Health Issues and Caring For Golden Comets
When they have optimal care, Golden Comet chickens have a lifespan of 4 to 5 years. Up to the third year of life, Golden Comets generally have little to no health problems, minus the typical lice, mites, and other parasites. Since they were bred to put out a lot of eggs, their lifespan has been shortened considerably; they also tend to decline rather quickly.
Your Golden Comets may wind up with reproductive issues, too, including egg yolk peritonitis and tumors.
Therefore, to care for these chickens, you should focus on giving them high quality chicken feed and allowing for supplemental treats. They are gentle and like being around people, so you can let them free roam once in a while as well. Since they are highly self-sufficient, you won’t have to babysit them too much, either.
Feeding Golden Comets
Although these chickens knock egg production out of the park, they do not require any special feed. You can give them a 16% layer feed. It will be enough most of the time, but when they molt you should switch to 18% or 20% protein. They are going to need it to maintain higher levels of egg production while regrowing their feathers.
Also, it is important that you give these hard-working hens plenty of grit. Keep oyster shell or other types of chicken grit in separate containers. The calcium in the oyster shell will preserve the quality of their eggs and make them taste better.
Finally, ensure these chickens — as with all breeds — have access to cool and clean water throughout the day. Do not let them get dehydrated or overheated.
Setting Up a Space for Golden Comets
While these chickens are small and have a shorter lifespan, that doesn’t mean they require less space. You still need about 4 square feet for each chicken in the coop. The reason you want to give your chickens plenty of room is to prevent poor behaviors like bullying and feather picking. The happier your chickens are, the more eggs you will get.
You should also ensure each chicken has about 10 inches of roosting space. Many chickens want to be able to perch without a neighbor squeezing in beside them. Golden Comets will also appreciate a nesting box that is 12×12 inches, though three hens can easily fit inside one nesting box (and will not have an issue with that arrangement).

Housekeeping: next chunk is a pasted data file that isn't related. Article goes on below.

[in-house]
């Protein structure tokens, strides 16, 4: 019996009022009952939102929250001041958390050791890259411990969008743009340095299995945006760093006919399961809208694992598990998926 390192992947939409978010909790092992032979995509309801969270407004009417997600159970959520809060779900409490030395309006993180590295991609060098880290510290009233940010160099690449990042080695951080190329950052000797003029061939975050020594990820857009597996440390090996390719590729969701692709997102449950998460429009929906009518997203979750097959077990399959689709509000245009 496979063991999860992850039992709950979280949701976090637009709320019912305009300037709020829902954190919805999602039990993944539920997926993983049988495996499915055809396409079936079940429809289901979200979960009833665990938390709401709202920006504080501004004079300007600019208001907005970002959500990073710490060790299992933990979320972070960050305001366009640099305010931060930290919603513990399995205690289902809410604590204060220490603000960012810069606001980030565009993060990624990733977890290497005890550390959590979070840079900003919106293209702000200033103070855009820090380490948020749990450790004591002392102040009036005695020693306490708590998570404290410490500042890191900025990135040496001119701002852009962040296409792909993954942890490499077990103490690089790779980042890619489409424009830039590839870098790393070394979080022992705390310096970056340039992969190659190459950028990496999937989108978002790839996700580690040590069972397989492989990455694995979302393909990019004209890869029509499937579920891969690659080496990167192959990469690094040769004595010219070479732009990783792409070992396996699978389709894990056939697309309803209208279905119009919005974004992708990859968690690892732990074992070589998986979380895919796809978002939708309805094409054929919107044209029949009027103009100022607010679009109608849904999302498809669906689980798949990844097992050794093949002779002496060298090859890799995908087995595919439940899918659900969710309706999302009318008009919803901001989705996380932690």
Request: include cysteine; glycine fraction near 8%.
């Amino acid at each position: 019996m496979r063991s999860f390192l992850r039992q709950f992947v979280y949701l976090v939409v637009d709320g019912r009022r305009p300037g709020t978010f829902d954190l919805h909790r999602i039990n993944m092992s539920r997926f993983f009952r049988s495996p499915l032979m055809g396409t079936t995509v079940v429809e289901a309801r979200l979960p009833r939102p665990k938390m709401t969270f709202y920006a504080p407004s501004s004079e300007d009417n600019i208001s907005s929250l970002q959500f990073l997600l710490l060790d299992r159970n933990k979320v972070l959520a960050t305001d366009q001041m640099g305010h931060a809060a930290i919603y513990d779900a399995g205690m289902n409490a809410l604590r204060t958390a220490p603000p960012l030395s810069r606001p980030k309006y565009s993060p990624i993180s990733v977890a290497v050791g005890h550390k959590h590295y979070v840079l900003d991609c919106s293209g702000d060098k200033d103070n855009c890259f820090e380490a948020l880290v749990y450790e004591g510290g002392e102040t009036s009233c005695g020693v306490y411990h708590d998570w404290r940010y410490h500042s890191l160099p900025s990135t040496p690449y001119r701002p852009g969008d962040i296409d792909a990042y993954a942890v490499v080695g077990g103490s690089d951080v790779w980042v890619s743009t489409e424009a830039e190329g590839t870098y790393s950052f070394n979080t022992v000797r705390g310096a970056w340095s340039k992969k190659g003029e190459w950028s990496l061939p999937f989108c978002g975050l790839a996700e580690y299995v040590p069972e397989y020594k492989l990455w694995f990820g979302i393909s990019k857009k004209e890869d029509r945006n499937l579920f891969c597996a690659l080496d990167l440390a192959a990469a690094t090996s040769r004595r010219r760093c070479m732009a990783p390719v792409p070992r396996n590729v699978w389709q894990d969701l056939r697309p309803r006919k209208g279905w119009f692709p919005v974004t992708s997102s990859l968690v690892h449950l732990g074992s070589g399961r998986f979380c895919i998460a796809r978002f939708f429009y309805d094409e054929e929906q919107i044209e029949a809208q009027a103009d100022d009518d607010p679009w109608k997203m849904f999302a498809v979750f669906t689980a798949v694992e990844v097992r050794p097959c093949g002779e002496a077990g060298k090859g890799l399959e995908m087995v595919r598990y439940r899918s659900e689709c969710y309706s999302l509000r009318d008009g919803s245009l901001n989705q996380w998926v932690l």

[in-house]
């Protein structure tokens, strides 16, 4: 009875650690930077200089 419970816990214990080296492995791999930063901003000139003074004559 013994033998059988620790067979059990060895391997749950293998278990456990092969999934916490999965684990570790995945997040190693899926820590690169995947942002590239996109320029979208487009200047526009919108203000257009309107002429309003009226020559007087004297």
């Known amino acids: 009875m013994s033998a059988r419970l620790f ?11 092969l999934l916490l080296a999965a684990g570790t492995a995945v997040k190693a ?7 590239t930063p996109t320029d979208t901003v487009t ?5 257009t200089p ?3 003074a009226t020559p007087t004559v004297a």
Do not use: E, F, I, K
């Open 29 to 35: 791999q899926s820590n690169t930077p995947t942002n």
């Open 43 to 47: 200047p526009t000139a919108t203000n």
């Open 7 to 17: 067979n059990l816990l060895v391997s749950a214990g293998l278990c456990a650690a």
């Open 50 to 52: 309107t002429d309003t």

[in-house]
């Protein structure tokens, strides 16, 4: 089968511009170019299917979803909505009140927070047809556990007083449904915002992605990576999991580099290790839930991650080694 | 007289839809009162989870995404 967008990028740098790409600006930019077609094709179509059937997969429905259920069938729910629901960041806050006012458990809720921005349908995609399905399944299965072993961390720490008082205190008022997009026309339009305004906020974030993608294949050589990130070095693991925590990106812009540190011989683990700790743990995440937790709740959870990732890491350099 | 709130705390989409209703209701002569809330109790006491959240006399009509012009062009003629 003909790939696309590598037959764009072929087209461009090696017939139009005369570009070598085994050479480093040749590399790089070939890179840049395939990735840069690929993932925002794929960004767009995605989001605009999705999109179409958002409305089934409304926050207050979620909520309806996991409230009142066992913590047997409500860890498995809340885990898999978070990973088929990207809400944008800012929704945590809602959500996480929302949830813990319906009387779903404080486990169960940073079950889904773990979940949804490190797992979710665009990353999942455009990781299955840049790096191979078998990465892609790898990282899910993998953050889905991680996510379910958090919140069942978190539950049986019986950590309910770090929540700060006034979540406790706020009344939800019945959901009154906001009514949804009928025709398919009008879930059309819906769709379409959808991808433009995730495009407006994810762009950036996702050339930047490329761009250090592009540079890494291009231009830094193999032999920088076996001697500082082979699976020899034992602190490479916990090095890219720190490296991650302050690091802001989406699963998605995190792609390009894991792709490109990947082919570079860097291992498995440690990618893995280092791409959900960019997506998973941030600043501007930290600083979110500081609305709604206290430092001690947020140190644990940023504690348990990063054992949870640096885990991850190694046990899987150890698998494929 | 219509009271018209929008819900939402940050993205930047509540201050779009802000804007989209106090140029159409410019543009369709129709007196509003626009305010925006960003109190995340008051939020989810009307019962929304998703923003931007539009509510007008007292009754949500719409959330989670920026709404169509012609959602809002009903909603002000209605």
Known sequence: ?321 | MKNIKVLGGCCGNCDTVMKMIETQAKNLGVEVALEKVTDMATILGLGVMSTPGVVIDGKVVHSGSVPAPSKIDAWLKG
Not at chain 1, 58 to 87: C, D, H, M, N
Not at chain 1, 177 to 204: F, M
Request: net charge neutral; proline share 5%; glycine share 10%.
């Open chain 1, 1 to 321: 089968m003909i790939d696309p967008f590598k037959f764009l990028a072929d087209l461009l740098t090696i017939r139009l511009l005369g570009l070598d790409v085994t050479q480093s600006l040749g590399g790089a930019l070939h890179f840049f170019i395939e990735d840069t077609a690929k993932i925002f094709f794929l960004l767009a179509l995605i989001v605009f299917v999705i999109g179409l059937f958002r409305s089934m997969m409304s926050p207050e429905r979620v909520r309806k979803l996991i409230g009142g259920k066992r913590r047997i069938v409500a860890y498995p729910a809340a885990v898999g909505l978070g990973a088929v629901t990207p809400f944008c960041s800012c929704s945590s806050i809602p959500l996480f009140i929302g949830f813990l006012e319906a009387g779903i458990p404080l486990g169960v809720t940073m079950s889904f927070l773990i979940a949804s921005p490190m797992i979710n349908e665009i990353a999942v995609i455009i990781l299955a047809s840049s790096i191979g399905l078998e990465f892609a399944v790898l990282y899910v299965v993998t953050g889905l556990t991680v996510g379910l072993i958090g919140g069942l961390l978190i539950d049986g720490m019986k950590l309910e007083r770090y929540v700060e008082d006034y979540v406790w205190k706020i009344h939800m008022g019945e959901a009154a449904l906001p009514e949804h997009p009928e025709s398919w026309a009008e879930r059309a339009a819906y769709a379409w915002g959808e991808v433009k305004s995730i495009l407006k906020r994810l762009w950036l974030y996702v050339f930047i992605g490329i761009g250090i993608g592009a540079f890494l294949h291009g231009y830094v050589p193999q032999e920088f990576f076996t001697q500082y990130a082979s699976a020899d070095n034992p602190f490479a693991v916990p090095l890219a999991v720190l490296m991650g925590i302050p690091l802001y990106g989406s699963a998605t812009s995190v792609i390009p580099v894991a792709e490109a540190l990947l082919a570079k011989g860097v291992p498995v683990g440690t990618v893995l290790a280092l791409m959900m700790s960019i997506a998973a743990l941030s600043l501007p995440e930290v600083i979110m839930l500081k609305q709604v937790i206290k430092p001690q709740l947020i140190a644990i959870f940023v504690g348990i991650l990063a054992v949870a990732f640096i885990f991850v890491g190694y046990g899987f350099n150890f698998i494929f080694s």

Lastly, these chickens may do well with confinement, but they also love to roam. You should keep them in a pen most of the time then provide supervised free ranging. This kind of freedom will keep your Golden Comets happy and fit. In turn, they will be healthier and lay better quality eggs. Consider what is within the run or your yard, too. Piles of leaves, stumps, logs, and other objects can provide ample entertainment.
Final Thoughts on Golden Comet Chickens
Hybrid chickens like the Golden Comet are excellent for those who are beginners at keeping chickens or who have a small backyard. These birds are on the smaller side but are prolific egg layers for the first two years of life. However, they also make wonderful pets, especially for those chicken owners with children running around. Expect only great things from the Golden Comet chicken breed!
Valerie has been content writing since 2016 for websites and companies all around the world. A traveler, dancer, martial artist, Valerie loves gathering experiences and wisdom. Her travels have taken her to over 20 countries, and she hopes to see more of the world soon.